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American duo plead guilty to helping former Nissan chief Ghosn flee Japan

Reuters
A US Army Special Forces veteran and his son yesterday pleaded guilty in Tokyo to charges they illegally helped former Nissan Motor Co Chairman Carlos Ghosn flee Japan.
Reuters

A UNITED States Army Special Forces veteran and his son yesterday pleaded guilty in Tokyo to charges they illegally helped former Nissan Motor Co Chairman Carlos Ghosn flee Japan hidden in a box aboard a private jet in December 2019.

Chief judge Hideo Nirei, one of three judges presiding over their first court appearance, asked Michael Taylor and his son Peter whether there was any mistake in the charges submitted by the Tokyo Prosecutors' office.

"No your honor," the older Taylor replied. "No," said his son.

Extradited to Japan from the US in March, they are being held at the same jail in Tokyo where Ghosn was detained. They could face up to three years in prison.

Wearing black jackets and pants, white shirts and plastic slippers, they were led into court with ropes threaded through handcuffs and tied around their waists.

Prosecutors accused them of helping Ghosn evade punishment and escape to Lebanon from western Japan's Kansai airport, receiving US$1.3 million for their services, some of which was paid to an advertising company owned by the younger Taylor. The Americans asked Ghosn for another US$500,000 for legal fees after Japan sought their arrest, prosecutors said.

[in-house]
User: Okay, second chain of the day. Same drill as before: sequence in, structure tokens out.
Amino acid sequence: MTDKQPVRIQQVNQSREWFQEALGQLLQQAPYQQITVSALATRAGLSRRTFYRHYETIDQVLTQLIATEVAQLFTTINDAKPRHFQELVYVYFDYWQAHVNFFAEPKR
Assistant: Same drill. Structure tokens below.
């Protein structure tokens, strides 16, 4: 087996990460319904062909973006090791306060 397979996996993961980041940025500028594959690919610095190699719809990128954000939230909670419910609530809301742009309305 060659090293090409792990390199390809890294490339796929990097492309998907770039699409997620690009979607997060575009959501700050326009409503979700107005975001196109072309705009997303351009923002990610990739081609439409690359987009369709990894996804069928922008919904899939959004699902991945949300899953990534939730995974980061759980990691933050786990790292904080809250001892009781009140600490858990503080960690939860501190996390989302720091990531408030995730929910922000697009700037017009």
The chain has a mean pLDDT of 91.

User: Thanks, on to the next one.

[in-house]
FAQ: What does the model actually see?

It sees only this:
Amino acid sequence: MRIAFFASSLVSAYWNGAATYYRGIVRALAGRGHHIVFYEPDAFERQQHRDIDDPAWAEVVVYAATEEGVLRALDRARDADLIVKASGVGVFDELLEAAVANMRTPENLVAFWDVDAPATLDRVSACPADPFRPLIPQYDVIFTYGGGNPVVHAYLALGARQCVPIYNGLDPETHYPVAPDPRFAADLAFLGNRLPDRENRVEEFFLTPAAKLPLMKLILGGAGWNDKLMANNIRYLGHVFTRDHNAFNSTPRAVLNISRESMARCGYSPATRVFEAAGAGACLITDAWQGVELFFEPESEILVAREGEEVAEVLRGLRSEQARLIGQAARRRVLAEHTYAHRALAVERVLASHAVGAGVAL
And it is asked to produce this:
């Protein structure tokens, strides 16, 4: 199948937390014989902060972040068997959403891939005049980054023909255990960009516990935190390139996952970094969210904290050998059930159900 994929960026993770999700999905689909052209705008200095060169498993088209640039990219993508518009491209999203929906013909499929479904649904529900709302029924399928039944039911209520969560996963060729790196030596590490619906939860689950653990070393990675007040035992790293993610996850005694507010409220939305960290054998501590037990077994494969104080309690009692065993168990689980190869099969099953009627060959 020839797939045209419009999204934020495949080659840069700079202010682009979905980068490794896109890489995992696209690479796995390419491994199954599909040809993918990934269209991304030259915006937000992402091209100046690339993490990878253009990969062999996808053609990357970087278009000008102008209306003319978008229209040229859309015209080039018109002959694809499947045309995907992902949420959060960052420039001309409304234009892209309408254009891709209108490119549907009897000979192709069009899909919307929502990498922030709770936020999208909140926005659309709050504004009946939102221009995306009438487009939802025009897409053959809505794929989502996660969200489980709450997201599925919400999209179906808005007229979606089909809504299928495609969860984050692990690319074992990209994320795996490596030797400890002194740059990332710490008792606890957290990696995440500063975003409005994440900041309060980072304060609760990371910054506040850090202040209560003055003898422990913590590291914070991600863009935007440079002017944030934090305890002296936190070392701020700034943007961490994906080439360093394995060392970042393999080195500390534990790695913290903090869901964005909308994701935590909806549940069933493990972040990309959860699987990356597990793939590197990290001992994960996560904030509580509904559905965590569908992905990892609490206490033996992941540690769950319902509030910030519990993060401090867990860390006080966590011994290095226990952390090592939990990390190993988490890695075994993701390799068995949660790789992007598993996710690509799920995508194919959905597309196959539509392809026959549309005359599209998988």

They also described the younger Taylor as a frequent visitor to Lebanon, said planning for the escape began around six months before Ghosn fled.

A third man George-Antoine Zayek, recruited by the Taylors, traveled to Japan later in 2019 to find a way through airport security, settling on the private jet terminal at Kansai airport as the best route out, the prosecutors said. Zayek is at large.

The Taylors' lawyers in the US waged a months-long battle to prevent their extradition to Japan, arguing they could not be prosecuted for helping someone "bail jump" and that they could face relentless interrogations and torture.

At the time of Ghosn's escape, he was awaiting trial on charges that he understated his compensation in Nissan's financial statements by 9.3 billion yen (US$85 million) over a decade and enriched himself at his employer's expense.

Ghosn – who denies any wrongdoing – remains a fugitive in his childhood home, Lebanon, which has no extradition treaty with Japan.

Greg Kelly, a former Nissan executive charged with helping Ghosn hide his earnings, is also standing trial in Tokyo.

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